July 2017

 Greetings everyone

  Sabbatical:  Since returning from Sabbatical I’ve hit the ground running and sabbatical may have become something of a blur except for those nuggets of pure gold that I know are going to influence the next steps in my ministry. I had three broad areas that I wanted to focus on during this Sabbatical.

  Firstly: I wanted to explore relationships between Bishops and Cathedrals because of the special relationship that has developed with the Cathedral here over the past year or two, and looking at different governance/management models that are in place in different provinces around the world. Sadly, most of the learning came out of very negative relationships that many Bishops are experiencing overseas. At the risk of over-generalising (or over-simplifying) the situation, it seems as though Bishops (by their ordination vows) are called to be guardians of the faith while Cathedrals (to one degree or another) believe they exist to guard the tradition and the two may not be one-and-the-same. I have more work to do processing my thoughts and observations – but it has certainly been a very enlightening study.

  Secondly: the opportunity to attend the Alpha leadership conference hosted by Holy Trinity, Brompton was a watershed. The interviews with Cardinal Luis Tagle (Cardinal Archbishop of the Philippines) and Jean Vanier (L’Arché) touched me very deeply. It wasn’t so much the content of what they shared, as much as the grace, the humility, the honesty, the simplicity and the faith that they both radiated. They were profoundly moving interviews.  In a total contrast of style and content was the interview (and the workshop) that Hilary and I attended taken by Simon Sinek – a marketing consultant, motivational speaker and author.  In his mid-forties, Sinek had been through an intense time of self-reflection that led him to reconsider the whole issue of leadership. This culminated in his book ‘It All Begins with Why’, which was at the heart of his two presentations. He challenged all my preconceived thoughts on leadership and my own personal understanding and practice of strategic planning. In a nutshell – much of what passes for strategic planning answers the two questions ‘what is it that we do’ and ‘how do we do it’. Sinek suggests that there is an even more important question – one that is always addressed first by exceptional leaders – ‘why are we doing it’. What is the big vision/dream that gets us up in the morning inspired and excited to get on with the ‘what’ and the ‘how’ - This is the ‘Why.’ I’d certainly encourage all clergy to get this book – and also to watch his TED talk which is one of the most popular of all TED talks.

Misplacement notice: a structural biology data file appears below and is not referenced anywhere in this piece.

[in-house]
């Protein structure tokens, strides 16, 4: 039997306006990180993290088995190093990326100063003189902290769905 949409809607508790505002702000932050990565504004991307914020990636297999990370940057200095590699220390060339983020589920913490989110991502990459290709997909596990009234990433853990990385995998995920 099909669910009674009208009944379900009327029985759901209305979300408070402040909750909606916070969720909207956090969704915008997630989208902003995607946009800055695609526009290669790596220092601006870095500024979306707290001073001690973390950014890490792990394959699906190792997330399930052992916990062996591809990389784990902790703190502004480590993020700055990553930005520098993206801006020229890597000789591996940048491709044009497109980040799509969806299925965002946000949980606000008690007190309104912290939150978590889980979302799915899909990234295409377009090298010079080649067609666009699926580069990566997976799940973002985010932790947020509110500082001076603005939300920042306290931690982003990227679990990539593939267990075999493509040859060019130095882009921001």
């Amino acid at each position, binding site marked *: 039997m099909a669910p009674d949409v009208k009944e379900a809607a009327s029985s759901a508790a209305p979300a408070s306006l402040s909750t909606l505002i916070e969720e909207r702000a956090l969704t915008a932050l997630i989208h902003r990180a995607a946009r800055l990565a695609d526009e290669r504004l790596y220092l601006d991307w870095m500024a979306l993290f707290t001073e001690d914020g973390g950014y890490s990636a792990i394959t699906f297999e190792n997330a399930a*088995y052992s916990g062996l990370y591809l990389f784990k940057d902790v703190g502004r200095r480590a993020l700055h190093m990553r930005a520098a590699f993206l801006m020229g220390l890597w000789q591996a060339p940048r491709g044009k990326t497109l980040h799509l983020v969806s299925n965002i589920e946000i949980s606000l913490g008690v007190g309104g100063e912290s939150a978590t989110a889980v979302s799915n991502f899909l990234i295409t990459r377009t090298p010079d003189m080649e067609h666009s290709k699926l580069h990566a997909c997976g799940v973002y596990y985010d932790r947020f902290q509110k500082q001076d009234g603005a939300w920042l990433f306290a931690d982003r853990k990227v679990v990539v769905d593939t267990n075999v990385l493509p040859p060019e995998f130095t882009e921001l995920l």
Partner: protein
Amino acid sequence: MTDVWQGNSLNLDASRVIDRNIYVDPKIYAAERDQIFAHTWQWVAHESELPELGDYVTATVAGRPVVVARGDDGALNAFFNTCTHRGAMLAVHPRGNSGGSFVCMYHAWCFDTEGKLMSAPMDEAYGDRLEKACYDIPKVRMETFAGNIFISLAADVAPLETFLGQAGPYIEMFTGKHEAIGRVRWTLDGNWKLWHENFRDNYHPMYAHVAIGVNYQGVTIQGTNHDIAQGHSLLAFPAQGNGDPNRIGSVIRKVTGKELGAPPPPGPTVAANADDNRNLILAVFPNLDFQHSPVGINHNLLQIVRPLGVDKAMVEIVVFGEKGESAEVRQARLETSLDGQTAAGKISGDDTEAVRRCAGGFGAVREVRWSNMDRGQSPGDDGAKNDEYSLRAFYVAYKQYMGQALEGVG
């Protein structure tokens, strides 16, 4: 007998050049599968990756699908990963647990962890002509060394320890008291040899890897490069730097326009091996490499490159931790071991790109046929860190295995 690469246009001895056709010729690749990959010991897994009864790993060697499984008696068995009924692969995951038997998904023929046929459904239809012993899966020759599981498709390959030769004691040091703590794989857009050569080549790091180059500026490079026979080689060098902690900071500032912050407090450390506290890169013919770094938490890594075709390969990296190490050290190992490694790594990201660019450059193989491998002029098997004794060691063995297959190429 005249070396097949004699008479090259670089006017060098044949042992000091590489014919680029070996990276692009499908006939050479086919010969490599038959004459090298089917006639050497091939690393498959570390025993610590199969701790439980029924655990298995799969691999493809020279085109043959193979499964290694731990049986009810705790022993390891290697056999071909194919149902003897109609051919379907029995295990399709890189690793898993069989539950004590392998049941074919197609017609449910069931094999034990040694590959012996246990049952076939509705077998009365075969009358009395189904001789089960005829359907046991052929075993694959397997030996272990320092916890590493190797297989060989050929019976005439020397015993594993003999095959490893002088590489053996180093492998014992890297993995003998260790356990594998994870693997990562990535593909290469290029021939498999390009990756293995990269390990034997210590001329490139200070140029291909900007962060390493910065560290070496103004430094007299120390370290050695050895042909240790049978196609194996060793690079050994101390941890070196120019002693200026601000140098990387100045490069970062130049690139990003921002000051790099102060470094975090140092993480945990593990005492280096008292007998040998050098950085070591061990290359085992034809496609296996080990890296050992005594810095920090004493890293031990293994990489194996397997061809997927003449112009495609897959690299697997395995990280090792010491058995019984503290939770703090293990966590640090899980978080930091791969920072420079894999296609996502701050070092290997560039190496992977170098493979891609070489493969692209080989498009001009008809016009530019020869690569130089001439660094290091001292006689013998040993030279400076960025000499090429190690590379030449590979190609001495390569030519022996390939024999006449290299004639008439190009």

Thirdly: It was a time to reflect on my own ministry and my own spiritual temperature. Taking time out to do this should be a part of every clergy person’s routine. Most of us need guidance to do this – to have someone we can be accountable to; someone who we trust to talk through our fears and our doubts (particularly our self-doubts). ‘Clergy self-care’ was the topic given to the keynote speaker at the annual clergy conference in the Diocese of Derry and Raphoe (Northern Ireland) at which I was doing the Bible Studies. Led by an Episcopalian priest from the Diocese of Florida (Rev Dr Rob Lord) they were presentations that were incredibly timely and when he finally gets around to getting all his thoughts into print, I shall certainly make it recommended reading.

  Thank-you to all who enabled me to take this Sabbatical, particularly those who ‘held the fort’ during these weeks.